The Brights' Bulletin

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Issue #126

(Note that links in archived Bulletin issues may no longer be valid.)


From the International Forums

How deep does the naturalistic worldview go? 
Is the naturalistic worldview constrained to things like physics and biological evolution, or does it encompass things like justice and values?  For a nice resume on elements of a naturalistic worldview, see this Topic. And your thoughts are welcome.

Is the truth over-rated? 
Some would argue that people's mental representations of truth are useful only insofar as they confer the power to act in ways that are materially advantageous (that therefore human "truths" are really summations of what is useful).  Others argue that "something is the case," whether we can ever know it or not. Or, they hold that knowledge of the truth is worthy in its own right.  You can opine on that slippery subject here.

Participation in the Forums requires a quick registration process.

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“Reality about Morality” (Infographic)

Brights Central is currently coordinating a small project to help advance the overall Reality about Morality Project.  The broader endeavor, you may recall, is to educate about the basis of morality (that it is supernatural-free). All Brights who have interest in the all-around endeavor are invited to help advance this portion (Project Area C) outlined in the larger Morality Project.

After a survey of research studies, BC summarized the information about morality and produced tentative conclusions, which were submitted to scientists who work in the fields of ethics and morality (Joshua Greene, Steven Pinker, Jessica Pearce and others).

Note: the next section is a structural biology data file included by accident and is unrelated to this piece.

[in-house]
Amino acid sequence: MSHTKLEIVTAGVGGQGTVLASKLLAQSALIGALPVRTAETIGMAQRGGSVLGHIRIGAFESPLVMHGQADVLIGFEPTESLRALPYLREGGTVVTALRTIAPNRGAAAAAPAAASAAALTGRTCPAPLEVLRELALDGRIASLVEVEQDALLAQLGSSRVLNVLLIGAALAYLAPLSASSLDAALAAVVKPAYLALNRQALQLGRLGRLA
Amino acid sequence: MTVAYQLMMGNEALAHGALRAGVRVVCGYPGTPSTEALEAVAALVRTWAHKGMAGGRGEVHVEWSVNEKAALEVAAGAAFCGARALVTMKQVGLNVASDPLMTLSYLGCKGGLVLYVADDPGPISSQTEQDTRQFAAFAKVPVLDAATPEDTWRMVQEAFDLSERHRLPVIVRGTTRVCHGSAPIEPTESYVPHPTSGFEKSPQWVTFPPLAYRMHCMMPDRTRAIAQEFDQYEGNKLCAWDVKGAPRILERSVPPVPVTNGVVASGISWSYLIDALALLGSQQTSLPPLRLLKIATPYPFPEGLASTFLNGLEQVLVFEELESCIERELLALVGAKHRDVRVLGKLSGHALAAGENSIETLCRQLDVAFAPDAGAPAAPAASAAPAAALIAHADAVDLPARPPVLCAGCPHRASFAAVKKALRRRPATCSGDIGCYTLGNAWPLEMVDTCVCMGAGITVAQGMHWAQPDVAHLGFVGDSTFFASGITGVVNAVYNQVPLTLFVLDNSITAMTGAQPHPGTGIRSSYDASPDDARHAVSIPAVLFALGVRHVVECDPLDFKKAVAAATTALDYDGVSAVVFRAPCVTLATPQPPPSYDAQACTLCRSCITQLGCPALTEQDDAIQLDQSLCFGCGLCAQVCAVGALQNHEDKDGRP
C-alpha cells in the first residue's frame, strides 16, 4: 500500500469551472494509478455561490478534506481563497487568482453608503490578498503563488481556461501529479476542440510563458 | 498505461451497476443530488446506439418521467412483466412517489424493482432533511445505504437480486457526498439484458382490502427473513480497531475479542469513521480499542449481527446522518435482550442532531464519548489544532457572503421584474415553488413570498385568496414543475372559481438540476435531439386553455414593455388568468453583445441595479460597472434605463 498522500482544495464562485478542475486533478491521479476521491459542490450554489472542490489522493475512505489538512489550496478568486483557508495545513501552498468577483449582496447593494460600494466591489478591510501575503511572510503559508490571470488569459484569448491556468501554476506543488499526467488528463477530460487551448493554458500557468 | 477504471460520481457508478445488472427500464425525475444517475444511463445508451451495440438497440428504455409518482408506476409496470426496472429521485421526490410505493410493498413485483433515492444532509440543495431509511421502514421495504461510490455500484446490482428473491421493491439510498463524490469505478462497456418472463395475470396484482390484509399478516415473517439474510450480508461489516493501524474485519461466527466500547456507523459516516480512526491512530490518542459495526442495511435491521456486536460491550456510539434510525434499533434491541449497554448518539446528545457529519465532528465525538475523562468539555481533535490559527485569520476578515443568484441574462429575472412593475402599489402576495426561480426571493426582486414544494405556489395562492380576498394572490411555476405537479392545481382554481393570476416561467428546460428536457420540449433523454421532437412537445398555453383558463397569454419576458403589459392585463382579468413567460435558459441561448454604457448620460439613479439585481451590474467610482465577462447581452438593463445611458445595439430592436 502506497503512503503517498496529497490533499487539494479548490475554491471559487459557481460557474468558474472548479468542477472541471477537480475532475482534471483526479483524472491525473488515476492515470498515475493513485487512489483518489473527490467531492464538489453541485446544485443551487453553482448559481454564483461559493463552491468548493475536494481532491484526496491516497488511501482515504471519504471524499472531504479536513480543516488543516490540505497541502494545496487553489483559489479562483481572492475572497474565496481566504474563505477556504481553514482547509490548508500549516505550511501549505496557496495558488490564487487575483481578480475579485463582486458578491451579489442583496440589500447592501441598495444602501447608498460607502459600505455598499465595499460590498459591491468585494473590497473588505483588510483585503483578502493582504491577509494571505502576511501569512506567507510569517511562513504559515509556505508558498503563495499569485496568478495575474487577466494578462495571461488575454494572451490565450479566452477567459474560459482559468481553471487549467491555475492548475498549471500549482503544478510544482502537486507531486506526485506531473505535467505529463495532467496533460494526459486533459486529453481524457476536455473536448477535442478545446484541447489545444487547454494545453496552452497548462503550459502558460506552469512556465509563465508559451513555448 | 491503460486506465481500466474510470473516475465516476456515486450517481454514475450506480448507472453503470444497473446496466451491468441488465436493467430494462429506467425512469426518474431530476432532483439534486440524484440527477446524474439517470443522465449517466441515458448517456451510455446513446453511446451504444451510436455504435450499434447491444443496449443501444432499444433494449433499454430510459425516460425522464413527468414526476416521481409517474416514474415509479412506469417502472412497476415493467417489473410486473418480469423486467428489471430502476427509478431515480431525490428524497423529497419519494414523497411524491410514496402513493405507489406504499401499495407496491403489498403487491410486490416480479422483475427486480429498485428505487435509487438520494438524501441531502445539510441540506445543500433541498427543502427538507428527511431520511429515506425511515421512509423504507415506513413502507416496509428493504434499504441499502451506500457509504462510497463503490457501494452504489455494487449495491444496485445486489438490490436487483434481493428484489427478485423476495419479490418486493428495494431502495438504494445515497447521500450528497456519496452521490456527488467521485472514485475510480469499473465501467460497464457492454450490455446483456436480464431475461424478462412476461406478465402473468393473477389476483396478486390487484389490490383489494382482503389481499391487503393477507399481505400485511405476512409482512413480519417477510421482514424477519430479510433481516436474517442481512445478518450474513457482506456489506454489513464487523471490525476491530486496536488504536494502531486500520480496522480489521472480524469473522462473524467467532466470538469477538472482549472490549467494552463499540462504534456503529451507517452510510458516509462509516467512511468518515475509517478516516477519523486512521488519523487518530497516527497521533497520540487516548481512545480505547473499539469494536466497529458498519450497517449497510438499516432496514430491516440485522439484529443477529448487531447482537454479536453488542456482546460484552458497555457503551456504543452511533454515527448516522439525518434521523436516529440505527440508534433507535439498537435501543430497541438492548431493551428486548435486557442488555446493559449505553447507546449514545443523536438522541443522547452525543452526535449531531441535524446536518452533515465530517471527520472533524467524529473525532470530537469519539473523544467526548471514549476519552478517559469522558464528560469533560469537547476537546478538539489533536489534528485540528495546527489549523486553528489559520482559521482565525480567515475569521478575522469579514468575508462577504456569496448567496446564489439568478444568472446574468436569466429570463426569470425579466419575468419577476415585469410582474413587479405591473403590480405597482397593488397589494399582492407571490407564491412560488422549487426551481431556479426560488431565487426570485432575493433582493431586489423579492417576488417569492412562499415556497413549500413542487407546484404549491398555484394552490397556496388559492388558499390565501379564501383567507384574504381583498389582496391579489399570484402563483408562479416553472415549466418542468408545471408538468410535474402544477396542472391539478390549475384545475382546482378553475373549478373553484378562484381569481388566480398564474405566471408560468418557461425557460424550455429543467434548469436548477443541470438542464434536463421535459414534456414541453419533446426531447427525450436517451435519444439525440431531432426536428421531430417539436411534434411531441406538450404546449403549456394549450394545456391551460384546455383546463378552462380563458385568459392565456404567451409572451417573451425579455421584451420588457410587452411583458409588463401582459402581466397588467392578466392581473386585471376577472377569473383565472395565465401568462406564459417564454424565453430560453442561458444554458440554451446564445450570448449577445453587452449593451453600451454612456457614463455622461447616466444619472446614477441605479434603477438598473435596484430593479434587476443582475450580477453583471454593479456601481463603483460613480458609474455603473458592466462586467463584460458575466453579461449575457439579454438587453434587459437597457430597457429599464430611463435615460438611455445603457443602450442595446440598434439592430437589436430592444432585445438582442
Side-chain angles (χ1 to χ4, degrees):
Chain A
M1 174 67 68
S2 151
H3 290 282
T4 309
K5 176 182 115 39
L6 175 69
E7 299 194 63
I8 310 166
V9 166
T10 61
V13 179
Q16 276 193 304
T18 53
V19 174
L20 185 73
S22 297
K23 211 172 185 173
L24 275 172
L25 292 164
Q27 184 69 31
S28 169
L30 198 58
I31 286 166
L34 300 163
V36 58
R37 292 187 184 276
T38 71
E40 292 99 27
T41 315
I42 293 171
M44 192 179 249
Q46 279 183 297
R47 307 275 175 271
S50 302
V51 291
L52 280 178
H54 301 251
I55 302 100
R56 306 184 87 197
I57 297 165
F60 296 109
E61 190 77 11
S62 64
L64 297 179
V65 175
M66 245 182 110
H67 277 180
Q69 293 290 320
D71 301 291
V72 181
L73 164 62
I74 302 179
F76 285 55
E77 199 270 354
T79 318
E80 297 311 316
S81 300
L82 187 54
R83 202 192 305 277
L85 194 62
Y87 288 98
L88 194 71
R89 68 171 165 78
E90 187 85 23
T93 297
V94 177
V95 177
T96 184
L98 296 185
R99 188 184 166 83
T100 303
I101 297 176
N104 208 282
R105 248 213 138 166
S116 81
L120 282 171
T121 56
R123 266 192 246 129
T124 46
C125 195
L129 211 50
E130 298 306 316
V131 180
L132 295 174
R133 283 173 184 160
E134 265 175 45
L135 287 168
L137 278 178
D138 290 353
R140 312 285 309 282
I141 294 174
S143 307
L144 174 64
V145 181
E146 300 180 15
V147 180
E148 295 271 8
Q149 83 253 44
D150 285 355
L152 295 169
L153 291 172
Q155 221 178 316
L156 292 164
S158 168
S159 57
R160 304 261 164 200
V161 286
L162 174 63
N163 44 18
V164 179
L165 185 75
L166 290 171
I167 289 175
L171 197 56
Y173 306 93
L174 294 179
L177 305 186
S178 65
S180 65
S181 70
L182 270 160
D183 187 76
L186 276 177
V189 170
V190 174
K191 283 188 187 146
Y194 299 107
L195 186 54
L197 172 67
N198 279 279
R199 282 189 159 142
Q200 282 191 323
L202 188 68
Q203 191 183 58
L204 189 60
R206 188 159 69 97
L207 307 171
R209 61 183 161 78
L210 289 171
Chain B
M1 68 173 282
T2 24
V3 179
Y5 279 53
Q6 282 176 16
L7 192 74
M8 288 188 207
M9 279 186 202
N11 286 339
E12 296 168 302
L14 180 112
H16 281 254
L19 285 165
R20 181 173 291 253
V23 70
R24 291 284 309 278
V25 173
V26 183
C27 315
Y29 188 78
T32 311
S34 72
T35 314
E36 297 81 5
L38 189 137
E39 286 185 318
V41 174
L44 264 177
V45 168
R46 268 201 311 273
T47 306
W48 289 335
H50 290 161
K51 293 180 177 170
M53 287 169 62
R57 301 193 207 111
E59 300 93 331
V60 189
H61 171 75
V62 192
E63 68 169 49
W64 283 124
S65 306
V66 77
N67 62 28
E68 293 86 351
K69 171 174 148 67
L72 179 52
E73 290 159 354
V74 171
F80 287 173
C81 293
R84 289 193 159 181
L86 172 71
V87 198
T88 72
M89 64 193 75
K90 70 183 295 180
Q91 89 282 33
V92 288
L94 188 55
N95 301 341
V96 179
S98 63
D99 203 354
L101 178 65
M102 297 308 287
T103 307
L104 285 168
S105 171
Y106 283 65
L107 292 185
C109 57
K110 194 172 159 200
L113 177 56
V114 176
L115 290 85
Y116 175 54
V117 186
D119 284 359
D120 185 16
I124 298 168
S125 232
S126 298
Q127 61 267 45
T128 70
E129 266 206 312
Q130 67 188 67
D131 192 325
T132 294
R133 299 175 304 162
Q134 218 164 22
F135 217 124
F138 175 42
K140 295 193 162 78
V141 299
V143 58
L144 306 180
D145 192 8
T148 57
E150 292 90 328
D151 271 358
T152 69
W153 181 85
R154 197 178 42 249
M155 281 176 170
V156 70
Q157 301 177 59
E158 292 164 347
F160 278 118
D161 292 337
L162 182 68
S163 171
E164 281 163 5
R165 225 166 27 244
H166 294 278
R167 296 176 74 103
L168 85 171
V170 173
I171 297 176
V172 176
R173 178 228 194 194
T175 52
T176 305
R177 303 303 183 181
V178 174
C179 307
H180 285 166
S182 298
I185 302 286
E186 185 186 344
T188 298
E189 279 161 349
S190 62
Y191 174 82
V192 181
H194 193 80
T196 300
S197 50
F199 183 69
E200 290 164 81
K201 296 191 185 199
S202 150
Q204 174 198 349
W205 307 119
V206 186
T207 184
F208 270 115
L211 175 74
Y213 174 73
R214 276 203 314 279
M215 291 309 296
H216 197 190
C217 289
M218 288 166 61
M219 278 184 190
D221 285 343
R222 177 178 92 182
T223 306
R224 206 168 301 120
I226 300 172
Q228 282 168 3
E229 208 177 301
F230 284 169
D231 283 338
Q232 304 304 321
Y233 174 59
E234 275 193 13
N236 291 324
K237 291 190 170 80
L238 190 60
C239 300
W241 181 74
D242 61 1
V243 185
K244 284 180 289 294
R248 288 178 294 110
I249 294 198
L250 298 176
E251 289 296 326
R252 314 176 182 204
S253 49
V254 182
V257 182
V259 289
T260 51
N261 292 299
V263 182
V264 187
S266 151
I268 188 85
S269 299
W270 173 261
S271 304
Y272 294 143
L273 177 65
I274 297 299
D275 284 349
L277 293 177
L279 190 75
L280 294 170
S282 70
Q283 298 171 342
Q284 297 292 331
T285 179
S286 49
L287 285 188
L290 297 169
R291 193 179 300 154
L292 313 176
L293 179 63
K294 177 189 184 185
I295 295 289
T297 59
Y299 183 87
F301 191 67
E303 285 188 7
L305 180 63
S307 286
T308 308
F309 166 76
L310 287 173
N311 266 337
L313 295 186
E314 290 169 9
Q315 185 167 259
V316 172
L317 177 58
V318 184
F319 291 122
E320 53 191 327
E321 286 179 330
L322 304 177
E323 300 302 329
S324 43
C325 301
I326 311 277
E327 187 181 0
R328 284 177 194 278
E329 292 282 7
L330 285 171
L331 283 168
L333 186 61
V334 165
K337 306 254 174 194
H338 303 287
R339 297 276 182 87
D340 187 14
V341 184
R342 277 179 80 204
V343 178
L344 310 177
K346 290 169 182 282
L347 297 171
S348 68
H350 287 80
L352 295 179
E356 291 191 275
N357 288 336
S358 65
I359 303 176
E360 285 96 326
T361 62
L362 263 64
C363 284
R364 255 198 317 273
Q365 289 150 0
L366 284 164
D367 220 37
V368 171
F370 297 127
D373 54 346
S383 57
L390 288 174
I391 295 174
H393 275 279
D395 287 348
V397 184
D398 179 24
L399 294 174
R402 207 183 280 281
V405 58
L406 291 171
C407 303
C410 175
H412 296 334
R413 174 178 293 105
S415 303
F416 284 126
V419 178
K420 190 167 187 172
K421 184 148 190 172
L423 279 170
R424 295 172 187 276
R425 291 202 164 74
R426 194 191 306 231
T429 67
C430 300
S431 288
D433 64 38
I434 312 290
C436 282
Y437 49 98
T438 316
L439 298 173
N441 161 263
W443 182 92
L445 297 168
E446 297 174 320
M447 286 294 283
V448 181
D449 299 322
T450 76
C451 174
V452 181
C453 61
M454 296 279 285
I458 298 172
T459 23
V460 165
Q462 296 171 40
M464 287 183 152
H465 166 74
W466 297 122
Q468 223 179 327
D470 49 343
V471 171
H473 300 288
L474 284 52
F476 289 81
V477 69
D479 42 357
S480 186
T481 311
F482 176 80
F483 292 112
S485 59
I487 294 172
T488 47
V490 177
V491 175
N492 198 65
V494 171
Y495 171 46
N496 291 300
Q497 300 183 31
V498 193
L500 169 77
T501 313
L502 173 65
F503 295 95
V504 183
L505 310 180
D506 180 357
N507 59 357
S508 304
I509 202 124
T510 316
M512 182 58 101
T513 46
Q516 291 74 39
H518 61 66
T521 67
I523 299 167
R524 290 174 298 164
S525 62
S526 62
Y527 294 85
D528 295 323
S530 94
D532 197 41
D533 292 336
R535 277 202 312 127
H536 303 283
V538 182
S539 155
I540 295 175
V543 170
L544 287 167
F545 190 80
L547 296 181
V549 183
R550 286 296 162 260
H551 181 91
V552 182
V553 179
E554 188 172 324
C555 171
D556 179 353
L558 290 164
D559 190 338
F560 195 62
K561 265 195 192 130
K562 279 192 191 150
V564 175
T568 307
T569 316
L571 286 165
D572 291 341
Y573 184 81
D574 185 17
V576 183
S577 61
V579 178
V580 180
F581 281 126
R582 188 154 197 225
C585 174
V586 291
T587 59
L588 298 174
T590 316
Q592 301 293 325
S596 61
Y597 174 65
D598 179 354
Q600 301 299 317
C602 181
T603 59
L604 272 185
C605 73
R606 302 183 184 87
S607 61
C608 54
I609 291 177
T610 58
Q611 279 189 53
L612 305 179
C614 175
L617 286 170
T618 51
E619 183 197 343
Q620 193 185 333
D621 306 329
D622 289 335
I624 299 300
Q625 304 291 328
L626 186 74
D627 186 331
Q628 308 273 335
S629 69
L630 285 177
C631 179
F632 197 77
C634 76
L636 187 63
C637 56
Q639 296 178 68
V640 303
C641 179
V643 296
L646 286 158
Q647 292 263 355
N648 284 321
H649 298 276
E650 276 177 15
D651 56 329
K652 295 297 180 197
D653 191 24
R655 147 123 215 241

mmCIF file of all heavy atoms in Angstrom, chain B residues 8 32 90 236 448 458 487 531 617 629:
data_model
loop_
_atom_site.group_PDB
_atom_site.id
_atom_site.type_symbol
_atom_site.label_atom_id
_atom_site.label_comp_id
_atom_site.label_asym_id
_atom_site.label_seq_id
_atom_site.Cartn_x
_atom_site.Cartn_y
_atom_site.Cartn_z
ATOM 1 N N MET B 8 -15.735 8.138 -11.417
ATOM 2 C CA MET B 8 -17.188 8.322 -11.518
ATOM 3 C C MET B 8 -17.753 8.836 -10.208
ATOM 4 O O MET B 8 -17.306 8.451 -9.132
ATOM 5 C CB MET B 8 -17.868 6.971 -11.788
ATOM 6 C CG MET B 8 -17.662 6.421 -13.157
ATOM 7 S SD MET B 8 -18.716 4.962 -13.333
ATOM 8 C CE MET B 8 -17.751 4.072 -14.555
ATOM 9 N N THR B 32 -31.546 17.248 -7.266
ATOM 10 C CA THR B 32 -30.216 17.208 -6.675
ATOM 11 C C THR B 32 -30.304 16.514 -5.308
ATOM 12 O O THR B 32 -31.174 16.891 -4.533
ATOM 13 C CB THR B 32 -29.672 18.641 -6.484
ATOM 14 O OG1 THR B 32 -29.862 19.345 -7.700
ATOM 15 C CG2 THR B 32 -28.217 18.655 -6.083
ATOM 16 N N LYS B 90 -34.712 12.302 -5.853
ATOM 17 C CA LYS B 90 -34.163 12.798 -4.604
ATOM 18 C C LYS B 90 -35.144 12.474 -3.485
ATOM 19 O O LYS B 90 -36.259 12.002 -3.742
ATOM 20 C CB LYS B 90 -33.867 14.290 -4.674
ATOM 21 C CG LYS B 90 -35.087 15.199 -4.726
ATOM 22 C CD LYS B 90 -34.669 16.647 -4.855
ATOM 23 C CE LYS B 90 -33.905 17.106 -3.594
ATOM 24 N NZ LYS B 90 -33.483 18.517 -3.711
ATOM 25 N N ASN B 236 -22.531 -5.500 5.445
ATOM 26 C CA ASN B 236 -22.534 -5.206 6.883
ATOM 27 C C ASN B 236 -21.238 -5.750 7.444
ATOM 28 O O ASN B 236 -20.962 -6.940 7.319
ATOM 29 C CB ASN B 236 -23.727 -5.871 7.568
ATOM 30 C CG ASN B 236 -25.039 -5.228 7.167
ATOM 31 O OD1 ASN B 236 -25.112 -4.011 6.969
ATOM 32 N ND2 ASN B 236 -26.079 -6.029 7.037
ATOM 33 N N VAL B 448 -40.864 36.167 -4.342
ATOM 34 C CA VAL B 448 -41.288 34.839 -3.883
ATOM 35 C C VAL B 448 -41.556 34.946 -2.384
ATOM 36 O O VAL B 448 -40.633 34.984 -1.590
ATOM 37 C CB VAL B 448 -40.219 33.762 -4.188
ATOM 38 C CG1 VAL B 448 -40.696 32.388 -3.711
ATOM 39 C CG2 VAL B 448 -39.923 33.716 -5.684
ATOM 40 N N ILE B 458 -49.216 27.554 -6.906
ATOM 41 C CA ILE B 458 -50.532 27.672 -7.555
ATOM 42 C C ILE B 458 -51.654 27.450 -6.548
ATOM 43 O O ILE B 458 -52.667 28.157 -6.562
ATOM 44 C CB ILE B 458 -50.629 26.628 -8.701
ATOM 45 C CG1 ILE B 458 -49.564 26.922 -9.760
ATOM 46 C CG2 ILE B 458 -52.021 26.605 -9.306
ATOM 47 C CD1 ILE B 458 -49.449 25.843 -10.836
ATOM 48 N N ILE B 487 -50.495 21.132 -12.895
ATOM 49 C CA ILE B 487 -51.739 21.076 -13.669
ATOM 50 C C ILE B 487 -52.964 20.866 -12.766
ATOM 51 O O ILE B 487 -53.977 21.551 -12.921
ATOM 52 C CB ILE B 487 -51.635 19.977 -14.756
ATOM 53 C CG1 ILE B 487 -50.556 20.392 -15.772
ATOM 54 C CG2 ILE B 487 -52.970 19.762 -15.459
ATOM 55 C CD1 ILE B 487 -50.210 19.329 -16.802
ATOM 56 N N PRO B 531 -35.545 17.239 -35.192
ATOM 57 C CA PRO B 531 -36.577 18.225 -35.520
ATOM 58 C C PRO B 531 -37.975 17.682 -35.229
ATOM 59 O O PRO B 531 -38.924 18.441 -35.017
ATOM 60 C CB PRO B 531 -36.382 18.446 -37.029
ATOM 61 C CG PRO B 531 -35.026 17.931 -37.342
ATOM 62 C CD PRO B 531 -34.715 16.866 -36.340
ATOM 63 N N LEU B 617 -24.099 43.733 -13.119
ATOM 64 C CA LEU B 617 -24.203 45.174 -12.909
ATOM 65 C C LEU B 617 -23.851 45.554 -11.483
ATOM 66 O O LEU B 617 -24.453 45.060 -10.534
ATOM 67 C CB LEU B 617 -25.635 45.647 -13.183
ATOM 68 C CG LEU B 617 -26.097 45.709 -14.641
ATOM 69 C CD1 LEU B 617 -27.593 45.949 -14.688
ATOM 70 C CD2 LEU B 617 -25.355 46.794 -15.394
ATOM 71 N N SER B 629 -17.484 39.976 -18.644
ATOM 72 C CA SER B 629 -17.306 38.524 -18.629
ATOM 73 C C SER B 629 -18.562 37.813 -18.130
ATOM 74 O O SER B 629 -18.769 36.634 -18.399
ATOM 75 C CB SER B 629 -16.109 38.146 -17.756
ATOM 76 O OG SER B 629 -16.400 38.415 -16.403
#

Now we want to produce an infographic likely to make the morality research studies, statements and endorsements by scientists more meaningful to the broader public. In such a concise visual form, the conclusions about naturalistic basis of morality can be more readily conveyed to wider audiences.

As a Bright who understands the often-frustrating experience of explaining that one's morality does not require any supernatural explanations, we hope you will consider backing this important educational and awareness-building project.

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Pay it Forward Brightly?

While we are considering the realm of morality… Have you ever thought about picking up the tab for the person behind you in the drive-through line” (or something similar)?

Mark (a Bright in North Carolina, USA) sent in this idea. He had read an article about lots of people doing just that and thought it “…a great way to show the world (or at least the person behind you) that people with a naturalistic world view can be generous and kind.”

Of course, you’d need to have the extra money, wouldn’t you? And, for your “paying forward” credit to actually be attributed, you’d perhaps need to pause and show off a bumper sticker (for example, one from the Brights’ Shop).

But, of course, there are oh so many and varied opportunities to display a bit of goodwill.

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Chess, Anyone?

Like chess?  Want to play?  Consider joining The Brights Chess Team.

This team has been running over four years on the chess website, The current team consists of 39 people from at least 15 different countries. (It’s mostly a handful of people from the international discussion forums.)  As the team states: “[It] is for brights and those that feel that everyone should experience full civic equality regardless of their worldview.”

One of the team captains (Jason, Ohio, USA) is looking to add some new players. So, if you’re interested, head to the team's webpage, where this beautiful brain image is currently featured.

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Brighten Someone’s Week

Brights on Facebook

Brights on Google+

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Poster Access for Brights

With October 29 delivery of the new batch of Earth and Life: changes across time evolution wall posters, Brights Central has resumed the free distribution to high school science teachers who apply.

As announced last month, previously registered Brights can also acquire a poster for their personal instructional situations. (The poster comes at cost.)